Time and Bits: Managing Digital Continuity, Getty Center, Feb. 1998.
L to R: Peter Lyman, Alexander Rose, Ben Davis, Doug Carleston, Brian Eno, Jaron Lanier, Howard Besser, Margaret MacLean, Brewster Kaele, Kevin Kelly, Stewart Brand, Danny Hillis.
Mapping the Project, Grasping the Consequences
By Ben Howell Davis and Margaret MacLean
This was a very unhappy interface. And small wonder. No doubt this entire virtual environment was being encrypted, decrypted, reencrypted, anonymously routed through satellites and cables, emulated on alien machinery through ill-fitting, out-of-date protocols, then displayed through long-dead graphics standards. Dismembered, piped, compressed, packeted, unpacketed, decompressed, unpiped and re-membered. Worse yet, the place was old. Virtual buildings didn’t age like physical ones, but they aged in subtle pathways of arcane decline, in much the way that their owners did. A little bijou table in the corner had a pronounced case of bit-rot: from a certain angle it lost all surface tint.
Bruce Sterling, Holy Fire
Bruce Sterling is a journalist and science fiction author who founded and manages the Dead Media Project, an Internet mailing list about extinct forms of human communication. He was to attend the conference at the Getty Center that is described in this report, but could not, and he was missed.
In this vivid scenario from his most recent book, he comments darkly on the heroine’s attempt to interact with a virtual environment that had been rendered unintelligible by obsolete technology. The power of this novel resonates with the situation in which we find ourselves right now: the end of the most materially obsessed century in history is characterized by a ubiquitous technology that produces ephemera.
The fact is, computers solve many problems, but they create new ones. Around the world, decisions are being made to commit cultural memory to digital technology—and marking time with bits—under the assumption that someone, somewhere, is taking care of the details. What we are discovering is that "someone, somewhere" is not there. Not yet. Representing the Getty, through its Conservation and Information Institutes, we [Davis, MacLean] saw not just an opportunity, but a responsibility to make this fact known to our constituencies so that they could make informed decisions about their use of digital technology.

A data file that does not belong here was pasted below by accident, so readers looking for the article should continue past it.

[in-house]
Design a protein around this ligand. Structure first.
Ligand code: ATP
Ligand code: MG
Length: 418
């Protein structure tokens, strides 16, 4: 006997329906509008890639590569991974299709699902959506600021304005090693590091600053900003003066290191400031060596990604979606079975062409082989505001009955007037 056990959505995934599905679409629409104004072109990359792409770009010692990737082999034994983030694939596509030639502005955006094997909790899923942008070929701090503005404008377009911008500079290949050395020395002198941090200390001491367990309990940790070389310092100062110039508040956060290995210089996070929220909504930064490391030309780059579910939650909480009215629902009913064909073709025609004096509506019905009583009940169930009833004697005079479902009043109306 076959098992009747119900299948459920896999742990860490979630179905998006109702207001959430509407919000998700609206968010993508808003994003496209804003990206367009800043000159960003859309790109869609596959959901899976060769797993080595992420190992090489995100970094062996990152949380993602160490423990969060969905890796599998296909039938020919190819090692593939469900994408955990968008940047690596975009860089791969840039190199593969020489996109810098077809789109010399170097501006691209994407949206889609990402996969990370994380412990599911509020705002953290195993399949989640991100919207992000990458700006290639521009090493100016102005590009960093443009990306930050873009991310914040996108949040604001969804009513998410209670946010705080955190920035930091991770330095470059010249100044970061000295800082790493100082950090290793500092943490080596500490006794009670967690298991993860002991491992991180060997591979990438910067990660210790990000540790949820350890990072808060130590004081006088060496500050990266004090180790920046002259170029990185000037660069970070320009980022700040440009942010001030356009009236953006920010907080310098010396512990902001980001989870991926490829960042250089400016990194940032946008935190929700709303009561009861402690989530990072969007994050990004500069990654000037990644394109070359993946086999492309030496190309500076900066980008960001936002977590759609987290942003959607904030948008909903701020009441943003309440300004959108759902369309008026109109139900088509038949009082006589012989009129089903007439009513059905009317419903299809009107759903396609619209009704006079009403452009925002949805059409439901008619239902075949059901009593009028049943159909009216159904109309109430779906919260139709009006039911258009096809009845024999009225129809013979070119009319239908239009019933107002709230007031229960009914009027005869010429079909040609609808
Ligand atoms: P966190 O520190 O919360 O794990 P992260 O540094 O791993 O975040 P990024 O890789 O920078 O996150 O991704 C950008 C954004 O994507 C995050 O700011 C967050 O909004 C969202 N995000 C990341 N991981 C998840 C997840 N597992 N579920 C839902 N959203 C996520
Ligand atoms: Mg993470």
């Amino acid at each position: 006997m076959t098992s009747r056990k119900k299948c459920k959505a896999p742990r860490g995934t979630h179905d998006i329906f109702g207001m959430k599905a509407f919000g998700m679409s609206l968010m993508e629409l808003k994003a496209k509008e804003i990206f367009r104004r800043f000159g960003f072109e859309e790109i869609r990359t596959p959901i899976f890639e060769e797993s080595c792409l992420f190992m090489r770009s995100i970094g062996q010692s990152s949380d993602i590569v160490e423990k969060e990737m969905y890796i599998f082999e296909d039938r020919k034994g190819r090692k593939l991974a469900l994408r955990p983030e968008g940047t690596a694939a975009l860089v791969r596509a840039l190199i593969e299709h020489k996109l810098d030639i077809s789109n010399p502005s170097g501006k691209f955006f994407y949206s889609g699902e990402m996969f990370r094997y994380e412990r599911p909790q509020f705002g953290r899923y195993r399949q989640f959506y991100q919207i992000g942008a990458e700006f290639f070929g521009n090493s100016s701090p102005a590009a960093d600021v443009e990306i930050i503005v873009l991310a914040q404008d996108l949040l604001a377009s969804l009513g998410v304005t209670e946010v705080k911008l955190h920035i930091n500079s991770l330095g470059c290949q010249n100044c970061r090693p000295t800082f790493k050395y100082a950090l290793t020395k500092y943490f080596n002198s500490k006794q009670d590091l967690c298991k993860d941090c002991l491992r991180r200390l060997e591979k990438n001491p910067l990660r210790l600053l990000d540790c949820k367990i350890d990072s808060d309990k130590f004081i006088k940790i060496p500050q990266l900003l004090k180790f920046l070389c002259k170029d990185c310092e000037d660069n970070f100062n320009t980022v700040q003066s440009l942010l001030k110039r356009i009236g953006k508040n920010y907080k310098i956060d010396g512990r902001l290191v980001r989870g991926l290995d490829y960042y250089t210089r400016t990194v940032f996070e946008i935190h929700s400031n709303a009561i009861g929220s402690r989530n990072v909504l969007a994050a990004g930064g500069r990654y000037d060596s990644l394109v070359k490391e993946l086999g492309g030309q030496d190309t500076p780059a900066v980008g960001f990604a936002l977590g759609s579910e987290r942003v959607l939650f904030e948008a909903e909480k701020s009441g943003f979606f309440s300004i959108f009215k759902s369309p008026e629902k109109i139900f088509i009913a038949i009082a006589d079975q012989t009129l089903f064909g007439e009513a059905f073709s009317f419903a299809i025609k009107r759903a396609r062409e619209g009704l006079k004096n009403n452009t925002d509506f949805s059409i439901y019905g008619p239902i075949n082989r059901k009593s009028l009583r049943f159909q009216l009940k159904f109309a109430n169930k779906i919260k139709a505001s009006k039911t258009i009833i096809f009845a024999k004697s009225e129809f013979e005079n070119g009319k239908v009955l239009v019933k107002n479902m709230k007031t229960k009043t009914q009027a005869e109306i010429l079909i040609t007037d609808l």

The mission of the Getty Conservation Institute is to further the appreciation and preservation of the world’s cultural heritage. As part of its commitment to enhance the philosophy and practice of conservation, the Institute undertakes research and applied projects, shares its knowledge base worldwide, and collaborates with partners to promote an informed awareness of and involvement in safeguarding the world’s cultural heritage. Within this context, we recognize the importance of providing sound guidance—when asked—about the means by which governments, organizations, and other authorities might best protect their own heritage.
The mission of the Getty Information Institute is to strengthen the presence, quality, and accessibility of cultural heritage information through global networks. The Communications Program of the Information Institute is focused on digital publication, digital design, and digital distribution. Inherent in those activities is the concern about how long what is produced digitally will last. And if we are committing cultural memory to digital technology, what risks are we taking?
Many communities are concerned with the longevity of digital materials, as you will see in this summation of the "Time and Bits: Managing Digital Continuity" project, that culminated in a meeting held at the Getty Center in February 1998. Among them, the library and archives constituency in particular has been making considerable progress in publicizing the issues. For this reason, we commissioned two of its luminaries—Howard Besser and Peter Lyman—to summarize where we are and how we got here, included as part of this report.
We also recognized that ensuring the survival of digitally recorded information—especially cultural information—would require the involvement of many groups, professions, businesses, and non-profit organizations. Indeed, it will take real cooperation and collaboration among these communities, a first for some of them.